Palantir Nabs Mission Command Contract With US Army; Street Says Hold

Palantir Technologies has been selected by the US Army to receive one of two prototype contracts to accelerate the army’s network modernization. Shares ticked up 1.8% in Wednesday’s after-market trading.

Financial terms of the contract weren’t disclosed. Palantir (PLTR) said the contract marks the first time its Gotham software will be integrated with the army’s latest mission command software application, called the Command Post Computing Environment (CPCE), turning the data analytics firm into a key partner in the army’s modernization.

Specifically, CPCE is providing army commanders with better visualization tools, common applications and new server infrastructure. As part of the contract, Palantir will work at the intersection of intelligence, mission planning and execution, to provide a single, integrated solution to give commanders a global operational picture to make better data-driven decisions.

“We’re excited to partner on this important mission to modernize the army’s mission command capabilities,” said Palantir’s Doug Philippone. “The army’s proactive approach in seeking out opportunities to deploy commercially-available solutions has been instrumental in getting critical capabilities into the hands of warfighters faster.”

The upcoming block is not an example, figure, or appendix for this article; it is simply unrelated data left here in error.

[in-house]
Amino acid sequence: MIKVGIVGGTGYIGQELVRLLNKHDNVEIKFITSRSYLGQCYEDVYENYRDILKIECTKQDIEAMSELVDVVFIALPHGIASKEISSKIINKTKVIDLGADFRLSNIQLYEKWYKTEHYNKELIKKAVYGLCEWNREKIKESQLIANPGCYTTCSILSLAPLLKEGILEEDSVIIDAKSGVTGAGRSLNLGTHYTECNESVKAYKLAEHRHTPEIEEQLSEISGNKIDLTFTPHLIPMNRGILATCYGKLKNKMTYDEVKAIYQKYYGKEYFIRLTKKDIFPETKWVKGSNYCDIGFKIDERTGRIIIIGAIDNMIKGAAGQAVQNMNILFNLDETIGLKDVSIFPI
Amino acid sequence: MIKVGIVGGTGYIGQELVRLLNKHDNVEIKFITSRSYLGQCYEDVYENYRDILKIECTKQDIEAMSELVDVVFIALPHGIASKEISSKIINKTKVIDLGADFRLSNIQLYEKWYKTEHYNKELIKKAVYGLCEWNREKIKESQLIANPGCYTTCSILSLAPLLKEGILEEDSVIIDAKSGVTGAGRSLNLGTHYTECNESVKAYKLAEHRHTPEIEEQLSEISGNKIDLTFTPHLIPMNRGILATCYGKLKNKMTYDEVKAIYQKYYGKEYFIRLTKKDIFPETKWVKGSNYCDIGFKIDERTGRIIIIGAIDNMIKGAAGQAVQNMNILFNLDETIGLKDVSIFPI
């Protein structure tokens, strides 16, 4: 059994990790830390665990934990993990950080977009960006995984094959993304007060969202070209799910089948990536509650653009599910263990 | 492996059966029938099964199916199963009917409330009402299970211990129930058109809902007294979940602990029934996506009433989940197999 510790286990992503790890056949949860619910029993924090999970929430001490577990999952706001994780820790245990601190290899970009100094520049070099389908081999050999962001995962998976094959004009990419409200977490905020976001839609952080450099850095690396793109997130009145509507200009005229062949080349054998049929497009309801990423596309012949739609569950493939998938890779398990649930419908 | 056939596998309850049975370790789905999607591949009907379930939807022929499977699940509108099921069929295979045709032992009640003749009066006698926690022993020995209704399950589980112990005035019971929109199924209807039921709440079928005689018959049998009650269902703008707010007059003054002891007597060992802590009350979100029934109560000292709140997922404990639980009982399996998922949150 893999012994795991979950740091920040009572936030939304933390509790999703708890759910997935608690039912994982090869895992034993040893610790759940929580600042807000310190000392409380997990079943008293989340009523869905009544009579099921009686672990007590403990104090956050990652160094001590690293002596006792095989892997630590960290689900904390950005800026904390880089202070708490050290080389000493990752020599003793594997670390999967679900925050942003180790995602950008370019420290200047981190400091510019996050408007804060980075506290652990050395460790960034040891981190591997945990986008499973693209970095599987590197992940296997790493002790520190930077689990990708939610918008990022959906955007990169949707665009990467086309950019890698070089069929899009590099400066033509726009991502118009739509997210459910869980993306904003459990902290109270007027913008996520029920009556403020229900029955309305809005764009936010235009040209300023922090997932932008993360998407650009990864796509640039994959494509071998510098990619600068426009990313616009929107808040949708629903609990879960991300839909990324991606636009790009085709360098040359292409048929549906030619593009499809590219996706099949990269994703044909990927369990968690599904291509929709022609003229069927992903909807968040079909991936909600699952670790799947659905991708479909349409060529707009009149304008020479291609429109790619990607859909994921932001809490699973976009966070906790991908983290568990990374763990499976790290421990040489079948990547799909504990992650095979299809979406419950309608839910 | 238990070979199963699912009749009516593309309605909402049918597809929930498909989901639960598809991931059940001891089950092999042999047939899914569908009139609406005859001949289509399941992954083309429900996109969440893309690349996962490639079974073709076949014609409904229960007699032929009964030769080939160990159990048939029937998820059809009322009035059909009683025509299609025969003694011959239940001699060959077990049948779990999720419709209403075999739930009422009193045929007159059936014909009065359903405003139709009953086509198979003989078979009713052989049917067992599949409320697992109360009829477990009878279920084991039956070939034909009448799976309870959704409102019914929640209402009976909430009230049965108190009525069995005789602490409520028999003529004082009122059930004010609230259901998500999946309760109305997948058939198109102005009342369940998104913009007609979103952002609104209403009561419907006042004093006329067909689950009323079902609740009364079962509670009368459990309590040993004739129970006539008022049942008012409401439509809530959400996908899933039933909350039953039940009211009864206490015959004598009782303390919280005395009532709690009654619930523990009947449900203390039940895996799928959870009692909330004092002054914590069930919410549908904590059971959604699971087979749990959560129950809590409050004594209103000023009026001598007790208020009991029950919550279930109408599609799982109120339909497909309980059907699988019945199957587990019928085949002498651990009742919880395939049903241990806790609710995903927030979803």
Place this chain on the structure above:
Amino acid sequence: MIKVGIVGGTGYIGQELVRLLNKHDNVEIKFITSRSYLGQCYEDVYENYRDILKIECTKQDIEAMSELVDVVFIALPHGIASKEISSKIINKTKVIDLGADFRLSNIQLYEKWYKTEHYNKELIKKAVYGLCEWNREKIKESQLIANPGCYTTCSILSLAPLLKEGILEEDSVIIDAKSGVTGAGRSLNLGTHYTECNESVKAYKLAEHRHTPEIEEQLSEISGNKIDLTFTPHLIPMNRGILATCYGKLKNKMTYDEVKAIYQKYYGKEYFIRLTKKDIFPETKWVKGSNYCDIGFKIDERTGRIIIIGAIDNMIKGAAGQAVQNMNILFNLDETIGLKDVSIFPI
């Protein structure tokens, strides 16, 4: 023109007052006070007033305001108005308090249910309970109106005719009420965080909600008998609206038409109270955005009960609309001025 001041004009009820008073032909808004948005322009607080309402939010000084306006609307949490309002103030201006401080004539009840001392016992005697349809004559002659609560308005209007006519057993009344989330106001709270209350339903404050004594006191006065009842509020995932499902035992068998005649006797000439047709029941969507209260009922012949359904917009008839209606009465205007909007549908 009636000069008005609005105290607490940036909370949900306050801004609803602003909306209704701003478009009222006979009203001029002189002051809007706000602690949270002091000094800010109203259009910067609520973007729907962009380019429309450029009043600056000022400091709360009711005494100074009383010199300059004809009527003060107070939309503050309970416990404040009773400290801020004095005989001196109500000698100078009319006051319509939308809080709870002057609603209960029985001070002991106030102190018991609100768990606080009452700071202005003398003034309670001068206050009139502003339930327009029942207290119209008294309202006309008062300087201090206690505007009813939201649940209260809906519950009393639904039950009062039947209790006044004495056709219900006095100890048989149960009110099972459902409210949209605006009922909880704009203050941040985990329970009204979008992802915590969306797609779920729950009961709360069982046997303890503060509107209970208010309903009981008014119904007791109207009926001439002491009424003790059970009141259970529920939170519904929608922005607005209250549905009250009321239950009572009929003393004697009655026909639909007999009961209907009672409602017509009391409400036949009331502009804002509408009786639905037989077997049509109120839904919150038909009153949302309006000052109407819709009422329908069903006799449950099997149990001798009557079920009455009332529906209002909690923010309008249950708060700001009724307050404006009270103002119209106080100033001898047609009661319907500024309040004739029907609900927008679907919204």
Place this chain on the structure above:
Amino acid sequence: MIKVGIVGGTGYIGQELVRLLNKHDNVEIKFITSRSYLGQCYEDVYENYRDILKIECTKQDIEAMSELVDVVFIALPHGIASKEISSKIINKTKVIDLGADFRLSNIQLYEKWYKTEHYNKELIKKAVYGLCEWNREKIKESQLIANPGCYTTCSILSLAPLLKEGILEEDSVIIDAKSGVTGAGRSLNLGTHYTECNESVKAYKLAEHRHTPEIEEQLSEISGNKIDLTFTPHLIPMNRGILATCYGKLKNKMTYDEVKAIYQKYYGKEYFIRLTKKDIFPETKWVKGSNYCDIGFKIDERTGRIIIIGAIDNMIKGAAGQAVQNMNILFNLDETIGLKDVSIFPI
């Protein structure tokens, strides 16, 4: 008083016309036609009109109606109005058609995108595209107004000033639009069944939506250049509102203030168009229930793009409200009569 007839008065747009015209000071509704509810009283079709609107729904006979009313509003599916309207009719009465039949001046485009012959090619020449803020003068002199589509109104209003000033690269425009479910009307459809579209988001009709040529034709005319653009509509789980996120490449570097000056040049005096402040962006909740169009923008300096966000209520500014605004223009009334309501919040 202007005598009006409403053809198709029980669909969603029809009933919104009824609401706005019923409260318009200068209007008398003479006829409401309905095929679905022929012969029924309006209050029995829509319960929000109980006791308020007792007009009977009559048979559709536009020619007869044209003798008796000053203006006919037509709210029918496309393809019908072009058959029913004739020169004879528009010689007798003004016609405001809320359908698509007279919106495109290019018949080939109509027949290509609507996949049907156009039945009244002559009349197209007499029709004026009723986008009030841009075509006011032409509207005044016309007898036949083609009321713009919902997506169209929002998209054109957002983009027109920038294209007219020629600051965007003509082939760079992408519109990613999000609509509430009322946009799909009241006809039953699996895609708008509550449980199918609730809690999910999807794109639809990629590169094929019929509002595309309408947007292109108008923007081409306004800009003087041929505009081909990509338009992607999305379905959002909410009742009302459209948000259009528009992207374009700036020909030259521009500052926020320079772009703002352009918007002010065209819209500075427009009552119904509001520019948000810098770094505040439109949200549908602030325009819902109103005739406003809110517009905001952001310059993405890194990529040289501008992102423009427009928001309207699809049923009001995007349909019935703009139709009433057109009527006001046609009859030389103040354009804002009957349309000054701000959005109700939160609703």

Palantir added that the goal is to improve access to critical data for commanders, deliver efficient use of networks in denied and degraded battlefield environments, and increase the ability to collaborate with joint and allied partners.

Palantir last week exceeded analysts’ expectations in what marked its first quarter as a public company and raised its 2020 revenue outlook. In reaction, Credit Suisse analyst Brad Zelnick raised the stock’s price target to $13 from $11, but maintained a Hold rating, as he is still looking for growth drivers to pan out.

“The company’s commercial segment accelerated and 4Q guidance also came in above Street expectations. That said, cash flow disappointed as the impact from lower upfront payments weighed on cash generation,” Zelnick commented in a note to investors. “We see a number of levers for durable growth next year including additional COVID related opportunities and modularized product packaging which will help reduce friction with IT departments, remove pricing barriers and shorten sale cycles over time.” (See PLTR stock analysis on TipRanks)

Similarly, Citigroup analyst Tyler Radke last week stuck to his Hold rating and $10 price target, saying that “for high growth to sustain beyond 2021, we think it is critical Palantir shows stronger new customer growth, which remains lackluster.”

The rest of the Street is sidelined on the stock. The Hold analyst consensus is based on 5 Holds versus only 1 Hold. With shares up by about 88% since their listing in September, the average price target stands at $13.50 implying downside potential of about 25% to current levels.

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